Sen. Elizabeth Warren, D-Mass., said Thursday that the FBI's supplemental report detailing sexual assault claims against Supreme Court pick Brett Kavanaugh includes elements that contradict what the nominee told the Senate Judiciary Committee.
But Warren, speaking on the Senate floor, said she wasn't allowed to talk about the details of her finding because of the rules all senators are following that limits what they can say.
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"The available documents contradict statements Mr. Kavanaugh made under oath," Warren said on the Senate floor.
Warren said that while senators have been "muzzled," she was allowed to say two other things about the FBI report after seeing it.
"One, this was not a full and fair investigation," she said. "It was sharply limited in scope and did not explore the relevant confirming facts."
"Two, the available documents do not exonerate Mr. Kavanaugh," she said.
[More: Dianne Feinstein: FBI report is 'product of an incomplete investigation']
Warren argued on the floor that Republicans were preventing senators from talking about the report, which is comprised of statements made to the FBI that include nonverified information because the FBI did not submit a conclusion outlining what it believes to be true or false. That uncertainty is why senators agreed in 2009 not to release these kinds of reports, since they could include false and damaging information about nominees.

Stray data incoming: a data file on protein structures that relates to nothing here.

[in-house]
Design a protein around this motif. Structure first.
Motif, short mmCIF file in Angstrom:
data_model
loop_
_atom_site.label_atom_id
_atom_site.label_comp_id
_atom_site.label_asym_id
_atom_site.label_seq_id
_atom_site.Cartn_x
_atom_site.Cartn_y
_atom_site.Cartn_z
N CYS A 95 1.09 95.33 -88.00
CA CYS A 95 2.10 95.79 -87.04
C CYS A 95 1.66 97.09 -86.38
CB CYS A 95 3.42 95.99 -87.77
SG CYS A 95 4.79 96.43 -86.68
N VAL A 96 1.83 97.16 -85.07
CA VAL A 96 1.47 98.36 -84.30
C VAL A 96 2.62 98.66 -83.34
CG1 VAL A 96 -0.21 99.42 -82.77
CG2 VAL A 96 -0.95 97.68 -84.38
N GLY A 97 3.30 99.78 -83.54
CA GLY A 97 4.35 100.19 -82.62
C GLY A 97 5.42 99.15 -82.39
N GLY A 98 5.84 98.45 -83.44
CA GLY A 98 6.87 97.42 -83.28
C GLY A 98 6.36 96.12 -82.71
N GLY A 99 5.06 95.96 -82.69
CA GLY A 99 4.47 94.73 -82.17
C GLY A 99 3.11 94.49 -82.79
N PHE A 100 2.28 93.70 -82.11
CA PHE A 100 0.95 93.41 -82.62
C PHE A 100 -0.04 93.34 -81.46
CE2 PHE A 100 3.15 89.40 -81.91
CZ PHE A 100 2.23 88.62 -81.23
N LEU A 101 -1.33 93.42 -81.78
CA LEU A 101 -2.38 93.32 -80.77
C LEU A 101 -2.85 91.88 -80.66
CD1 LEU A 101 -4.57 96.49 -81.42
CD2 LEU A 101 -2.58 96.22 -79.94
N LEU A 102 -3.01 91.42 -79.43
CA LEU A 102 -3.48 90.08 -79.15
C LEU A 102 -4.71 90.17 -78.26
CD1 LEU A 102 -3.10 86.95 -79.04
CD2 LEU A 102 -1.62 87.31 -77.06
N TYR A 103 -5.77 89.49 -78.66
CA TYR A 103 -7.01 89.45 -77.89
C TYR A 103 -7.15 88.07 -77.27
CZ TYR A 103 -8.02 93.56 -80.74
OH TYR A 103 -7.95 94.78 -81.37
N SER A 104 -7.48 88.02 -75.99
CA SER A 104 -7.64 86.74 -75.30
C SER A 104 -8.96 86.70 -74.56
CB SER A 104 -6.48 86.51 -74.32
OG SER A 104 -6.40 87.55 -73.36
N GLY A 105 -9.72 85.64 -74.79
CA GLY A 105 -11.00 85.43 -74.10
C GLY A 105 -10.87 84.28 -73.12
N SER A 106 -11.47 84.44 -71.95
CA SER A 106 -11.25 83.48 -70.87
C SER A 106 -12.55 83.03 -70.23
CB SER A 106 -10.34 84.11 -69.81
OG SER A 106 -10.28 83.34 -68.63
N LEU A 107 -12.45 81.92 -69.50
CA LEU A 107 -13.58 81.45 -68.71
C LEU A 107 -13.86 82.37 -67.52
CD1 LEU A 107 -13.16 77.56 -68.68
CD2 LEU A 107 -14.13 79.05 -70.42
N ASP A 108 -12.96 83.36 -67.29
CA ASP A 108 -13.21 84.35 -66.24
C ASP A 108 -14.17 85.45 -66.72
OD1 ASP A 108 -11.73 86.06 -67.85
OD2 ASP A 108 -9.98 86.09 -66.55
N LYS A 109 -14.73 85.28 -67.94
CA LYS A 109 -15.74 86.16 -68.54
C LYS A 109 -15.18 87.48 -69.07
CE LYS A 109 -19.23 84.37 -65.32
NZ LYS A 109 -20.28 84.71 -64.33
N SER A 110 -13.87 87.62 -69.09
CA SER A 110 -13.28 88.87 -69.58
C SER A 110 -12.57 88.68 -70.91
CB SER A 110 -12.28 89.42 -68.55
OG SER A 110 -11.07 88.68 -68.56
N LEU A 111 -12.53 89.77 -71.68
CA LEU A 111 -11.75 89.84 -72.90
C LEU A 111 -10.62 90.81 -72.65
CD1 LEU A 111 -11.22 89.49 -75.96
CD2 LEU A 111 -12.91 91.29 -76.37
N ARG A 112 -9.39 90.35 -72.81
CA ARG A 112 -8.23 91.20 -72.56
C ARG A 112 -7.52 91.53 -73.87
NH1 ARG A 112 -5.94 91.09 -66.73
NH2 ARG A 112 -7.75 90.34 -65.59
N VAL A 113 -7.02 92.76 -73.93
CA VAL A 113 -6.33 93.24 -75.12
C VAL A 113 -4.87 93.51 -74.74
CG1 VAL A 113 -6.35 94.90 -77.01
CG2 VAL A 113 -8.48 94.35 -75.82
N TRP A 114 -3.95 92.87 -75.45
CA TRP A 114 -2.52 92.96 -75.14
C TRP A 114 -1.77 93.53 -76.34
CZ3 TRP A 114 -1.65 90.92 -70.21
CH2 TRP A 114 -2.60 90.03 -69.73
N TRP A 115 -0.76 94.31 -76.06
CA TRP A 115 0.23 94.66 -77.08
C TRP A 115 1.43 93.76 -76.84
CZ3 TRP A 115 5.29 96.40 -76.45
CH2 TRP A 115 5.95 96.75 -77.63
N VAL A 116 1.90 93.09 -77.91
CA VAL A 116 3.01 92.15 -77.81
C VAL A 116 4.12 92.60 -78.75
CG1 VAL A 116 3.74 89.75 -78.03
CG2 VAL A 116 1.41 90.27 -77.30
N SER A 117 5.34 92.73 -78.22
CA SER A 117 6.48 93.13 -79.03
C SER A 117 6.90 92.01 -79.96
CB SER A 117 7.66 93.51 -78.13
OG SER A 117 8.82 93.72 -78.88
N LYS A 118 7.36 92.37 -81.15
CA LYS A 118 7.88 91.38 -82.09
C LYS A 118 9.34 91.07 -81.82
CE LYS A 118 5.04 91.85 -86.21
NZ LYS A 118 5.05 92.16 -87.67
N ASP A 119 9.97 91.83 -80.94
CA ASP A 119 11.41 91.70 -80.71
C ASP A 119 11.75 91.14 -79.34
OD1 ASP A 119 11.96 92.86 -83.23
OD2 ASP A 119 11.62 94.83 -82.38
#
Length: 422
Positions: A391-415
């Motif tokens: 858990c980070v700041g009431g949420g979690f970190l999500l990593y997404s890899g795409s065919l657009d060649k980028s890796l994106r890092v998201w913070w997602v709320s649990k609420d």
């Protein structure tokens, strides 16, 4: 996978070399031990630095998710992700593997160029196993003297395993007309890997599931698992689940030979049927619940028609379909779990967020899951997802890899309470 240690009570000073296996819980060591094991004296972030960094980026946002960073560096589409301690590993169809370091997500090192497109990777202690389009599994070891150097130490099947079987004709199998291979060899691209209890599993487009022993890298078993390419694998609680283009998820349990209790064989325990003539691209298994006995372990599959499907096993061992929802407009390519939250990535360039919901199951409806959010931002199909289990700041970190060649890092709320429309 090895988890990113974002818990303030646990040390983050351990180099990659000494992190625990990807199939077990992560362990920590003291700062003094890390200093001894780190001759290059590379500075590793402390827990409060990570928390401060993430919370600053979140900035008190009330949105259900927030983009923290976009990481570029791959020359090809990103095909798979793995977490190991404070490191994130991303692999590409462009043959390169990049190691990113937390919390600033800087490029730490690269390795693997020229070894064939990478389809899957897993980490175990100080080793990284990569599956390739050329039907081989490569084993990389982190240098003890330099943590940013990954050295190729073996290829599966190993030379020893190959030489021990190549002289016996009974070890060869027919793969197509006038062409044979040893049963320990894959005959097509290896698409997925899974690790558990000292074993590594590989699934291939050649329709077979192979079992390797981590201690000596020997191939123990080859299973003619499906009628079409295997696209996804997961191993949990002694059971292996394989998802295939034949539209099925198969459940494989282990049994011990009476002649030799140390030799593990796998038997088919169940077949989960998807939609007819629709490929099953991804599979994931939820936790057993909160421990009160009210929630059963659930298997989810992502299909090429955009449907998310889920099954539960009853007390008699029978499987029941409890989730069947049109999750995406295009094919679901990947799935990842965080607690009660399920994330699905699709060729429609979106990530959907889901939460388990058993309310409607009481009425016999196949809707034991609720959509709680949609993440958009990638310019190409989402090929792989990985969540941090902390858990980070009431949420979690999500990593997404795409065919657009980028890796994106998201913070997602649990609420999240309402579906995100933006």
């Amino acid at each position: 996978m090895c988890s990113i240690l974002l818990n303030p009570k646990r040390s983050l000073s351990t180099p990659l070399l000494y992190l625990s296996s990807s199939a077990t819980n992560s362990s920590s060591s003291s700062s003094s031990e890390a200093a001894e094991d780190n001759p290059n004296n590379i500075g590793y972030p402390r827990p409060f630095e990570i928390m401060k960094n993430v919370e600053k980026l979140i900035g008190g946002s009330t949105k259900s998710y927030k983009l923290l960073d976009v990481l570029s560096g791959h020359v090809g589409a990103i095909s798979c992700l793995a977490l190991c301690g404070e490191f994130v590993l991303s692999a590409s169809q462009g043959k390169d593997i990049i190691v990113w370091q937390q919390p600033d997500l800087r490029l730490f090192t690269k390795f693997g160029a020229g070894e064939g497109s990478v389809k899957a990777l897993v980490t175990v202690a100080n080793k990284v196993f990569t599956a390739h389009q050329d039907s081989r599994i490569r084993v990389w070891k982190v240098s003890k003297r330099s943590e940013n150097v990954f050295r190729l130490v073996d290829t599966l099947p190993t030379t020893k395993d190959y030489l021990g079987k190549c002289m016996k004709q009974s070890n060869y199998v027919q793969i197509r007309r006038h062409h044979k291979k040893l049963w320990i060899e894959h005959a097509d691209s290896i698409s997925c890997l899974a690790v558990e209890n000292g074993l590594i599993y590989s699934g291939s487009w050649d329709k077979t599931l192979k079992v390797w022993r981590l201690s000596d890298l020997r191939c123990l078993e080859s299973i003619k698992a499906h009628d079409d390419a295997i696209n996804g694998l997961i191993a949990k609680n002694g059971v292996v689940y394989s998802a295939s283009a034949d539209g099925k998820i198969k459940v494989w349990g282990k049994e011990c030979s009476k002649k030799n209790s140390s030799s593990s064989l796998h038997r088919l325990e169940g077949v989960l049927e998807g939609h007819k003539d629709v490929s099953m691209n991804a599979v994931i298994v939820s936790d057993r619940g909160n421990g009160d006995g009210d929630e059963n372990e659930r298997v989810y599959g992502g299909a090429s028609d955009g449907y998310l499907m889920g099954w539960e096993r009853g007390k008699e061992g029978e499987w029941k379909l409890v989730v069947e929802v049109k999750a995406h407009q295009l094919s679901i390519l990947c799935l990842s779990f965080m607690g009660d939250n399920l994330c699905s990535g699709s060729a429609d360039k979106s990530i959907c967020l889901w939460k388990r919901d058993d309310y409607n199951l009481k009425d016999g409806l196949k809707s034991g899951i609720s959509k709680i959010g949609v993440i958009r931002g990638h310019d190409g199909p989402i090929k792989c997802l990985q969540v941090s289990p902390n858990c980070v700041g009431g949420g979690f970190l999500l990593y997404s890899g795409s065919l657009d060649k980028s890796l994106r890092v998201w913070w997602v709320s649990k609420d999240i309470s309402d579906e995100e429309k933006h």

Still, Warren laid the blame for the secrecy on Republicans.
"I would like to back up these three points with explicit statements from the FBI documents, explicit statements that should be available for the American people to see," she said. "But the Republicans have locked the documents behind closed doors with no plans to inform the American public of any new information about the Kavanaugh nomination."